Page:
International observers castigated the trials and executions as not meeting international standards of fairness. This is no surprise, seeing as how Equatorial Guinea has one of the worst human rights records in the world.

According to Amnesty International, the four men weren’t even in the country at the time of the attack, having been exiled to Benin some years before. President Obiang’s agents abducted them from Benin in January 2010. Because of the “chilling speed” of the executions, none of the condemned had the opportunity to appeal the verdict and sentences or seek clemency, as Equatorial Guinea’s own law is supposed to provide.

José Abeso Nsue, Manuel Ndong Anseme, Alipio Ndong Asumu and Jacinto Michá Obiang (no apparent relation to his alleged target) were the only Equatorial Guineans known to have faced the death penalty that year.

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Entry Filed under: 21st Century,Assassins,Capital Punishment,Death Penalty,Equatorial Guinea,Execution,Guest Writers,History,Notable for their Victims,Other Voices,Power,Ripped from the Headlines,Shot,Soldiers,Treason,Wrongful Executions

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1941: Sixteen Yugoslav partisans and one German soldier

7 comments August 20th, 2011 Headsman

On this date in 1941, this happened.

These sixteen blindfolded Yugoslav Partisans about to be shot at Smederevska Palanka were joined in death by one conscientious German soldier who refused to help carry out the massacre. (Or not. See comments.)

The Partisans were Tito’s Communist guerrilla movement against the Nazi occupation and while they were up against it at this early date, they would in due time wind up on the winning side and help birth the postwar government.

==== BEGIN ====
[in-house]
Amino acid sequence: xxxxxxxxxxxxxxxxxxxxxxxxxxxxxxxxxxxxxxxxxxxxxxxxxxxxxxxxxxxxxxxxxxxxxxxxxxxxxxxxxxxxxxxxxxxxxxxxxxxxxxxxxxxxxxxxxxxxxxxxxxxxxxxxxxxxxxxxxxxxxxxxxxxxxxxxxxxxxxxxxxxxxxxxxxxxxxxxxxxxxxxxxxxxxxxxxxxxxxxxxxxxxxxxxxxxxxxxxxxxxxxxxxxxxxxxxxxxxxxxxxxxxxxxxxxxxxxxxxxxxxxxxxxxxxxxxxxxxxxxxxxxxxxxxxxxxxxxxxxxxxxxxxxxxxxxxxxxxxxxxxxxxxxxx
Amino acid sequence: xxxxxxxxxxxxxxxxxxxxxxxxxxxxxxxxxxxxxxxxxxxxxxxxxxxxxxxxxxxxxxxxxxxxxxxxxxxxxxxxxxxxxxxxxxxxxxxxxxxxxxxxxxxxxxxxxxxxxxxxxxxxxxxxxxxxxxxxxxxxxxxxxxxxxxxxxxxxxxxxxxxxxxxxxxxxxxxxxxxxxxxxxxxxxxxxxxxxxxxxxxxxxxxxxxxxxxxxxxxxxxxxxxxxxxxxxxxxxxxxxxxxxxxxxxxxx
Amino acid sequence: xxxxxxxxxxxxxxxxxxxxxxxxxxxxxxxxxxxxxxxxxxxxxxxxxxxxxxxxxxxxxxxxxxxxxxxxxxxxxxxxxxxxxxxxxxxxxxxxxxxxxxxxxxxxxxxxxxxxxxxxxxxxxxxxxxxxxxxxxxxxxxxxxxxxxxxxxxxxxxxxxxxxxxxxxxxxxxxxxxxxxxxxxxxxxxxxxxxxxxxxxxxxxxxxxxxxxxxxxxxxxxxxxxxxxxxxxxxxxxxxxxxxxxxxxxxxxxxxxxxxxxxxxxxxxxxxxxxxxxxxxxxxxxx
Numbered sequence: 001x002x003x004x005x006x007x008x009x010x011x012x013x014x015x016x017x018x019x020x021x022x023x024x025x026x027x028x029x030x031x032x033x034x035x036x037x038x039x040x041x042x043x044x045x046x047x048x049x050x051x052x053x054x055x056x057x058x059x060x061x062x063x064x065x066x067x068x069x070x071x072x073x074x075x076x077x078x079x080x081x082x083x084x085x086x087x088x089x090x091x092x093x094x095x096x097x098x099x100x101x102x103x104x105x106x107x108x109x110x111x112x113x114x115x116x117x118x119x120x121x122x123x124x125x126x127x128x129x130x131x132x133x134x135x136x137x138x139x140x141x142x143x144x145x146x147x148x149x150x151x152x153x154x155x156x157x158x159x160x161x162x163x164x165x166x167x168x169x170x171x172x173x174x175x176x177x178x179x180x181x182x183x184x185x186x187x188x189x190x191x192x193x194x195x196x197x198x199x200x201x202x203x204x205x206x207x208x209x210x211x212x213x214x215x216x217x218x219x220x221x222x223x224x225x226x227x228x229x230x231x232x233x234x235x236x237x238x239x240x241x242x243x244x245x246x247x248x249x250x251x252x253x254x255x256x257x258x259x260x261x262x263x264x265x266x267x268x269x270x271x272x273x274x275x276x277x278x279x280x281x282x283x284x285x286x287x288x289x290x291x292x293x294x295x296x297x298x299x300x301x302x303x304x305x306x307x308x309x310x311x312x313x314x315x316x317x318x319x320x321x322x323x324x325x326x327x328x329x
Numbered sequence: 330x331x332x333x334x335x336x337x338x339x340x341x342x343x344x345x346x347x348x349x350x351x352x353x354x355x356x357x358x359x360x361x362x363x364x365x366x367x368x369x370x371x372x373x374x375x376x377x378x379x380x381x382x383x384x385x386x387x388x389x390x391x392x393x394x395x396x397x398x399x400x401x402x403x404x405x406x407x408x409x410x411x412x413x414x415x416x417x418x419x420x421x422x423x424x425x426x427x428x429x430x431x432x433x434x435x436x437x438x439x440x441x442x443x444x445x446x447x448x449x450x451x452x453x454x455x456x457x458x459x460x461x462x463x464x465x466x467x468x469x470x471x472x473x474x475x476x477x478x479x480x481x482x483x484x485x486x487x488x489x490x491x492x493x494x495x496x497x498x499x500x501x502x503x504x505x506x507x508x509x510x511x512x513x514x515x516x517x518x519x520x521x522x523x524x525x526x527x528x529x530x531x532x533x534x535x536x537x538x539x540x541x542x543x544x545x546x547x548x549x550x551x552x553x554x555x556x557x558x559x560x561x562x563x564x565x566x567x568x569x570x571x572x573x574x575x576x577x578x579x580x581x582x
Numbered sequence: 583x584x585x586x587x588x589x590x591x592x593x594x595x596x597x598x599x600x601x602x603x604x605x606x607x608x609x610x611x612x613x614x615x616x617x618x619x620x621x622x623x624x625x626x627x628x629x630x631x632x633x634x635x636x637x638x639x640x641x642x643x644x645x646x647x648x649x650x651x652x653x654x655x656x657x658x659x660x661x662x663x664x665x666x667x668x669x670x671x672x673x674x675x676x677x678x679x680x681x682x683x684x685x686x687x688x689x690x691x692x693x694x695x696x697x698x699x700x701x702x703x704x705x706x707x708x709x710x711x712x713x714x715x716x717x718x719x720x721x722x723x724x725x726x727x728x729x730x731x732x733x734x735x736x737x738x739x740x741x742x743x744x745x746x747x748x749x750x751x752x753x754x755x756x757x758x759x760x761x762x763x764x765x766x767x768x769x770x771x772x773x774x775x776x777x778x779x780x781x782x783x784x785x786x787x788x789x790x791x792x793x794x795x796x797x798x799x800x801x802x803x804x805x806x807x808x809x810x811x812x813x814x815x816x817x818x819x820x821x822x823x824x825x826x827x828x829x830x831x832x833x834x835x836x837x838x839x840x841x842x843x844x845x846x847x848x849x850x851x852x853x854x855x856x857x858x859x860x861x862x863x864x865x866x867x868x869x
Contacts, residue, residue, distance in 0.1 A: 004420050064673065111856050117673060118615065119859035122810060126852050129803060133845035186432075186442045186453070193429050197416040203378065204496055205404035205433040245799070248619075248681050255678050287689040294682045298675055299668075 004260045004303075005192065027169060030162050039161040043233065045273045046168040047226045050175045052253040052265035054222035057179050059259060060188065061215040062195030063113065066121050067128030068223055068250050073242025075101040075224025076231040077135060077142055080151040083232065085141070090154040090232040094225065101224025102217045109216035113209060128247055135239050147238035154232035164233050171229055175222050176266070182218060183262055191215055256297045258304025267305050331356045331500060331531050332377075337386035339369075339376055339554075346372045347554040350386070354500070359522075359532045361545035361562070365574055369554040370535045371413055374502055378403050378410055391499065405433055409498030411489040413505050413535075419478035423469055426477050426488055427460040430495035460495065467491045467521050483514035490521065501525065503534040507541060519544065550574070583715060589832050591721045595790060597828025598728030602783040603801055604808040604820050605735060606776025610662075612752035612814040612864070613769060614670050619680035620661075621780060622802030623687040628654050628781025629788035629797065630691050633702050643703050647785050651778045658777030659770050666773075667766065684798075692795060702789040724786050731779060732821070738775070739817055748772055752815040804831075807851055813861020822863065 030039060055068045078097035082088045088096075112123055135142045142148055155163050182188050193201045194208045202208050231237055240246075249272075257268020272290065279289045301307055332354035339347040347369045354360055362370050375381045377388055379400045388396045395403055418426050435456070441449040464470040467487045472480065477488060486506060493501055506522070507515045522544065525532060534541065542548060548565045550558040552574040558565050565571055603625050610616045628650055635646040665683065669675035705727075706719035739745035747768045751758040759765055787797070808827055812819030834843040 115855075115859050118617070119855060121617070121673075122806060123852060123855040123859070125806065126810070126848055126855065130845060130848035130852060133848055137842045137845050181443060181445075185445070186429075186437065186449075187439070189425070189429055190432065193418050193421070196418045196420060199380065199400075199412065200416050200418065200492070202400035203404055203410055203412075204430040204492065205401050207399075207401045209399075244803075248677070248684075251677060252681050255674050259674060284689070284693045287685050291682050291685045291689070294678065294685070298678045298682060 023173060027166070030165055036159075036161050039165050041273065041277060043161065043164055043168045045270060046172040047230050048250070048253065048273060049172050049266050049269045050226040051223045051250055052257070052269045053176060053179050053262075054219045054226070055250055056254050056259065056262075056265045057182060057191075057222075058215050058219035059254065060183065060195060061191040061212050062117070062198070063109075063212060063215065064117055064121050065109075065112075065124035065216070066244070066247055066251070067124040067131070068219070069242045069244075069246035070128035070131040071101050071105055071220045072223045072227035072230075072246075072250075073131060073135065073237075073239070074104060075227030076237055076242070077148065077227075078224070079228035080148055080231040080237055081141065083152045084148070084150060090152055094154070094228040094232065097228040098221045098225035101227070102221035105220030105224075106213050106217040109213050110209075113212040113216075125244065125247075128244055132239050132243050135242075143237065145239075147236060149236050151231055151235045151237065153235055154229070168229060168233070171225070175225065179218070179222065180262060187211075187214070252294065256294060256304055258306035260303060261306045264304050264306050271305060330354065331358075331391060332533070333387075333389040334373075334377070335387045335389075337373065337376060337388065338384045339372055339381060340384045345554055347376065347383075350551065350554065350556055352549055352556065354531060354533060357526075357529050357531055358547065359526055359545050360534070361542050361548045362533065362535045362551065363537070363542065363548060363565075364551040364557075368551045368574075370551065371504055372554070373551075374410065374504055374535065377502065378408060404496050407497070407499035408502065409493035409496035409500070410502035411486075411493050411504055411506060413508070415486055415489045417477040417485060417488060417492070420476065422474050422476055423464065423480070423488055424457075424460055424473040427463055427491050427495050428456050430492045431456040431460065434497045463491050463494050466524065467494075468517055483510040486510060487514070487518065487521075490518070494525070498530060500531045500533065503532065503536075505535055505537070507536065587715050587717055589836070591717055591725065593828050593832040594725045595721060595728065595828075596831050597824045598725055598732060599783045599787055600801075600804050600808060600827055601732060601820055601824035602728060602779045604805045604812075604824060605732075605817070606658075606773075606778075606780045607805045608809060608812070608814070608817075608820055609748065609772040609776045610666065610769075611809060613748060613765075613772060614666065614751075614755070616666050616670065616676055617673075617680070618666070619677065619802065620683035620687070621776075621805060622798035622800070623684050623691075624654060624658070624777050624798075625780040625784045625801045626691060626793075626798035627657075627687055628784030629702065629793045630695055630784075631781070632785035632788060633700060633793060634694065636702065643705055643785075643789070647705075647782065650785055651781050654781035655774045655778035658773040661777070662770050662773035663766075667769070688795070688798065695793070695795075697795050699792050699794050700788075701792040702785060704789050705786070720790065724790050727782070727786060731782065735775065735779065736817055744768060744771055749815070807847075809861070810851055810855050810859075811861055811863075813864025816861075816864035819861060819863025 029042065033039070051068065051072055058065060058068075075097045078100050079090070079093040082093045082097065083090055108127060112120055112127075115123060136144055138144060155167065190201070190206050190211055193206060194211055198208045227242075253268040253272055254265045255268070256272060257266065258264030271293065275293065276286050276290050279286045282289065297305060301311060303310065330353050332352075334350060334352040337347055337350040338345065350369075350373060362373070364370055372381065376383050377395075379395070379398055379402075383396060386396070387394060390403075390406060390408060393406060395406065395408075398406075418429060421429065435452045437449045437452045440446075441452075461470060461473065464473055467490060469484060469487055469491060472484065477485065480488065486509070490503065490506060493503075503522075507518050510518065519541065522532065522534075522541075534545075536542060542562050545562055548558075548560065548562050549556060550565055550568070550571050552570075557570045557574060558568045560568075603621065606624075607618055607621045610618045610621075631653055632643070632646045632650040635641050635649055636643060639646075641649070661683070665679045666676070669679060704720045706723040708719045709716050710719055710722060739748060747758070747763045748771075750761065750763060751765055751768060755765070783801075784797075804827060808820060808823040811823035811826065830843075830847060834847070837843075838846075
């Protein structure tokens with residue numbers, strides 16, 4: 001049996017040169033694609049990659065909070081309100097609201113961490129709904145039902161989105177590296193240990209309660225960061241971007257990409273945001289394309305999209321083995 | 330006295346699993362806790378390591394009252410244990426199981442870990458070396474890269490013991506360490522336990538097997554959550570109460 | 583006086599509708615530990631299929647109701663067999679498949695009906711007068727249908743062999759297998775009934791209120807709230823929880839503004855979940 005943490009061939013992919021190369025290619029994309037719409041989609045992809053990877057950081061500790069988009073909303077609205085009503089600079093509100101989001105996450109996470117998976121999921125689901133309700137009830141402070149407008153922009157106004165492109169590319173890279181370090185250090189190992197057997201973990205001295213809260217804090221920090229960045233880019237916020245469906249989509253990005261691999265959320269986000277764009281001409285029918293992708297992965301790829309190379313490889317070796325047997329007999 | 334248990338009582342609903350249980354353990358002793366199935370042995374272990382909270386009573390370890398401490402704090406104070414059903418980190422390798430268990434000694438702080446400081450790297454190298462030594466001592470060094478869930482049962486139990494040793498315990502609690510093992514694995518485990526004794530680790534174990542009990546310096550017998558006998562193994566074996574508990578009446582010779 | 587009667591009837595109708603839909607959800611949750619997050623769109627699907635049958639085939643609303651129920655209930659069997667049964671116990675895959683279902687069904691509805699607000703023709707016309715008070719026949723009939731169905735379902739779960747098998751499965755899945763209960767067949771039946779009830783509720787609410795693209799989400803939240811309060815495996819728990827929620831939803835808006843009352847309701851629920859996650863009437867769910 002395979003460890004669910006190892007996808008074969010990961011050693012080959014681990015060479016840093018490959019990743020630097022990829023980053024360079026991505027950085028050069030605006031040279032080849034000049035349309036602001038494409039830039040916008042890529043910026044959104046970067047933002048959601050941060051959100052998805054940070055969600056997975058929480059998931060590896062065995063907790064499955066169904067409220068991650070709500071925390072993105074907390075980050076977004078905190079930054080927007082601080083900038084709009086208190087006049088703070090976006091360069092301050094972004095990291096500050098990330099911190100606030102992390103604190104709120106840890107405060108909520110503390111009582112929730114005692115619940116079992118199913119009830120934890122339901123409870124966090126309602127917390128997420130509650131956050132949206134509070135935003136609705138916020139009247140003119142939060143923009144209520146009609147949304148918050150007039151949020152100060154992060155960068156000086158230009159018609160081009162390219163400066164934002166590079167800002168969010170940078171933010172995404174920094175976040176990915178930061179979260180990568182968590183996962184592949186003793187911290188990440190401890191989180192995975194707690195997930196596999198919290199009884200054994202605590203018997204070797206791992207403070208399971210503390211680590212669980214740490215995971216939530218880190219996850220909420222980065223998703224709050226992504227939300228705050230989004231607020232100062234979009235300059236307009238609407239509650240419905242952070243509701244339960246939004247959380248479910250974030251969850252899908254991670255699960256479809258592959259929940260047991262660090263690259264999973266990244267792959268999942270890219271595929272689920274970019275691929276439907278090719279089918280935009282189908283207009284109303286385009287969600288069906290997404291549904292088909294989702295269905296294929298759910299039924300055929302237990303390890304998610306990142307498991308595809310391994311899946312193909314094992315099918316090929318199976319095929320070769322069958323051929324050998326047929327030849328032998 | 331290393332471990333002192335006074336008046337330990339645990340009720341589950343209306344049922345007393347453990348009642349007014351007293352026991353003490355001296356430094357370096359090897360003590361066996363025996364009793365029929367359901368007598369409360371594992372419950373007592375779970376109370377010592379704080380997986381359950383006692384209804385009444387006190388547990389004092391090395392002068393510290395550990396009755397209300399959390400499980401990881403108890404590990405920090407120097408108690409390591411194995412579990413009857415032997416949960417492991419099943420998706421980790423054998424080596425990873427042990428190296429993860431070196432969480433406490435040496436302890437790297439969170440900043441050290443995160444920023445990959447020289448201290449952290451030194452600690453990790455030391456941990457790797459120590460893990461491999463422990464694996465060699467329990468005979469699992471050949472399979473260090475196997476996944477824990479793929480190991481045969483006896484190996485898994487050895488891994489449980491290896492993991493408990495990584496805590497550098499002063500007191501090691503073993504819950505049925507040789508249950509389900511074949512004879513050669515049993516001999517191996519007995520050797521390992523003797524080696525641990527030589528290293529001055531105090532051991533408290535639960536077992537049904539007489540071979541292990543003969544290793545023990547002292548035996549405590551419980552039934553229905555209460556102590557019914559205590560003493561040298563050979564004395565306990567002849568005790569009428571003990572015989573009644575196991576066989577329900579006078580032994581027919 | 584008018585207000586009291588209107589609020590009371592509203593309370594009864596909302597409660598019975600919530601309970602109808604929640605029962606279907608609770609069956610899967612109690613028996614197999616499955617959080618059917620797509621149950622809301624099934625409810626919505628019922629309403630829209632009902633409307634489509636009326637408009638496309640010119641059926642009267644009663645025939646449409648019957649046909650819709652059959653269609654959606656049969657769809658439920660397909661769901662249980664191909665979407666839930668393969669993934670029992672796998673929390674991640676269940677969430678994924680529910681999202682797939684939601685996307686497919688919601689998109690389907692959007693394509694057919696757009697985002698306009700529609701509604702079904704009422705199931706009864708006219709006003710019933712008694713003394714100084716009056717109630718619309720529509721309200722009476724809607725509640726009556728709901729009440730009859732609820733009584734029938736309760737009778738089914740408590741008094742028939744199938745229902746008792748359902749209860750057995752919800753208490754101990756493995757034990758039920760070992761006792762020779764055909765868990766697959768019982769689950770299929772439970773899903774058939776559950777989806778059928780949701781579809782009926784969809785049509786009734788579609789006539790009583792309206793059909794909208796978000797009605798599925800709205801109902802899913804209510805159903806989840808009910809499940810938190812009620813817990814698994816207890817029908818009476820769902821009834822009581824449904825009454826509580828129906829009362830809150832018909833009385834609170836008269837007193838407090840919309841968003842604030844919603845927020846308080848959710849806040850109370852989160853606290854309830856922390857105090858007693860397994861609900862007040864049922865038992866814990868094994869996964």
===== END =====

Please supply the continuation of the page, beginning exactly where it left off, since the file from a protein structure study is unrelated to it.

Their legacy remains in every European sports page as the namesake of the Belgrade sports association Partizan founded immediately after the war. It’s the umbrella entity for the frequent Serbian football and basketball champions as well as a variety of other sports. (Current world tennis no. 1 Novak Djokovic played for Partizan, for instance.)

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Entry Filed under: 20th Century,Capital Punishment,Death Penalty,Execution,Germany,Guerrillas,History,Known But To God,Martyrs,Mass Executions,No Formal Charge,Occupation and Colonialism,Power,Public Executions,Serbia,Shot,Soldiers,Summary Executions,Wartime Executions,Yugoslavia

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1692: Martha Carrier, ferocious woman

8 comments August 19th, 2011 Headsman

This date in 1692 was the third of four execution dates during the notorious Salem witch trials.

Five souls were dispatched at Gallows Hill this date. With the executioner’s due respect to John Willard, George Burroughs, George Jacobs, Sr. and The Crucible main character John Proctor, we’re elated this date to focus on the only woman among them — Martha Carrier.

Carrier is the subject of the recent historical novel The Heretic’s Daughter by her tenth-generation descendant Kathleen Kent, whom we’re delighted to welcome for an interview on this anniversary.

How did you first learn of your connection to Martha Carrier, and how does your family feel about this link?

I was very fortunate to have heard stories of the colonial Carriers from the time I was a young child. My first memory of hearing about the Salem witch trials was when I was eight years old, visiting my maternal grandmother. She was the first one to tell me that my grandmother back nine generations, Martha Carrier, had been hanged as a witch in 1692. When I asked her if Martha was in fact a witch, my grandmother said, “Sweetheart, there are no such things as witches, just ferocious women.”